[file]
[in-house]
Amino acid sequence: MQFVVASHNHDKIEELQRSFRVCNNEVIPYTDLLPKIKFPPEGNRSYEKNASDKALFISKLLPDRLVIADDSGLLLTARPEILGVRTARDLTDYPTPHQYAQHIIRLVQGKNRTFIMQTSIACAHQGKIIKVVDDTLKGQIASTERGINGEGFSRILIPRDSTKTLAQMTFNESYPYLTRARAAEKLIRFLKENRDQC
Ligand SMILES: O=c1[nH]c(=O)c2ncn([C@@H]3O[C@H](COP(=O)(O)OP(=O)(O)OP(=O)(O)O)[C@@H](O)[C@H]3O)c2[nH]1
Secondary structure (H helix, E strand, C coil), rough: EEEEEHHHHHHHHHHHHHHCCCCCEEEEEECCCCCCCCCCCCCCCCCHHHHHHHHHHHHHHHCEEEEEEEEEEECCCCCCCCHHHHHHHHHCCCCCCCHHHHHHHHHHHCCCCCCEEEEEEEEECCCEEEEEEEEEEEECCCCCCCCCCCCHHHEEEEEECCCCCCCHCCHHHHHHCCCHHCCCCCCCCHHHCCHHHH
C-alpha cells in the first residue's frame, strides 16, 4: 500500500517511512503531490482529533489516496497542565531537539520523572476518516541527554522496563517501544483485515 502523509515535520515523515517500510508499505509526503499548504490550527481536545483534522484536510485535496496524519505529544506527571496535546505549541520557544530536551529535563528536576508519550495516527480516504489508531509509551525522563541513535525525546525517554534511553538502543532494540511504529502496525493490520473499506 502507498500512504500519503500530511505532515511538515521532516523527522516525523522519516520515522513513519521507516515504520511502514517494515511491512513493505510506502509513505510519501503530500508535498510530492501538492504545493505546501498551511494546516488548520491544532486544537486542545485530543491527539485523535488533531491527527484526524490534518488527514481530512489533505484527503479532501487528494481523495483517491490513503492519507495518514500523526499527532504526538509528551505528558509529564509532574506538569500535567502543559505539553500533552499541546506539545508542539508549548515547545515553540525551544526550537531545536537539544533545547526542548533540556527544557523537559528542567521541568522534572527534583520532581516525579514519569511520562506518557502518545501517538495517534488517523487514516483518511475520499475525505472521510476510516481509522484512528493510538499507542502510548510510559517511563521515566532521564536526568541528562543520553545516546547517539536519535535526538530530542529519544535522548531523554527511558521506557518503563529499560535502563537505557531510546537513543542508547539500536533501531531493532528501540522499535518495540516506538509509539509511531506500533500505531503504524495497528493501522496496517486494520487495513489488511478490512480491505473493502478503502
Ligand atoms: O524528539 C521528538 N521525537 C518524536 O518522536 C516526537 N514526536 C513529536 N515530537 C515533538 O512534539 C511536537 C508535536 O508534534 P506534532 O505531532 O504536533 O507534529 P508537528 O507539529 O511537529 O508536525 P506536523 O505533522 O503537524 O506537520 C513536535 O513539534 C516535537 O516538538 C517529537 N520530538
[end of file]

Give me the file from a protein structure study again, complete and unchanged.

[in-house]
Amino acid sequence: MQFVVASHNHDKIEELQRSFRVCNNEVIPYTDLLPKIKFPPEGNRSYEKNASDKALFISKLLPDRLVIADDSGLLLTARPEILGVRTARDLTDYPTPHQYAQHIIRLVQGKNRTFIMQTSIACAHQGKIIKVVDDTLKGQIASTERGINGEGFSRILIPRDSTKTLAQMTFNESYPYLTRARAAEKLIRFLKENRDQC
Ligand SMILES: O=c1[nH]c(=O)c2ncn([C@@H]3O[C@H](COP(=O)(O)OP(=O)(O)OP(=O)(O)O)[C@@H](O)[C@H]3O)c2[nH]1
Secondary structure (H helix, E strand, C coil), rough: EEEEEHHHHHHHHHHHHHHCCCCCEEEEEECCCCCCCCCCCCCCCCCHHHHHHHHHHHHHHHCEEEEEEEEEEECCCCCCCCHHHHHHHHHCCCCCCCHHHHHHHHHHHCCCCCCEEEEEEEEECCCEEEEEEEEEEEECCCCCCCCCCCCHHHEEEEEECCCCCCCHCCHHHHHHCCCHHCCCCCCCCHHHCCHHHH
C-alpha cells in the first residue's frame, strides 16, 4: 500500500517511512503531490482529533489516496497542565531537539520523572476518516541527554522496563517501544483485515 502523509515535520515523515517500510508499505509526503499548504490550527481536545483534522484536510485535496496524519505529544506527571496535546505549541520557544530536551529535563528536576508519550495516527480516504489508531509509551525522563541513535525525546525517554534511553538502543532494540511504529502496525493490520473499506 502507498500512504500519503500530511505532515511538515521532516523527522516525523522519516520515522513513519521507516515504520511502514517494515511491512513493505510506502509513505510519501503530500508535498510530492501538492504545493505546501498551511494546516488548520491544532486544537486542545485530543491527539485523535488533531491527527484526524490534518488527514481530512489533505484527503479532501487528494481523495483517491490513503492519507495518514500523526499527532504526538509528551505528558509529564509532574506538569500535567502543559505539553500533552499541546506539545508542539508549548515547545515553540525551544526550537531545536537539544533545547526542548533540556527544557523537559528542567521541568522534572527534583520532581516525579514519569511520562506518557502518545501517538495517534488517523487514516483518511475520499475525505472521510476510516481509522484512528493510538499507542502510548510510559517511563521515566532521564536526568541528562543520553545516546547517539536519535535526538530530542529519544535522548531523554527511558521506557518503563529499560535502563537505557531510546537513543542508547539500536533501531531493532528501540522499535518495540516506538509509539509511531506500533500505531503504524495497528493501522496496517486494520487495513489488511478490512480491505473493502478503502
Ligand atoms: O524528539 C521528538 N521525537 C518524536 O518522536 C516526537 N514526536 C513529536 N515530537 C515533538 O512534539 C511536537 C508535536 O508534534 P506534532 O505531532 O504536533 O507534529 P508537528 O507539529 O511537529 O508536525 P506536523 O505533522 O503537524 O506537520 C513536535 O513539534 C516535537 O516538538 C517529537 N520530538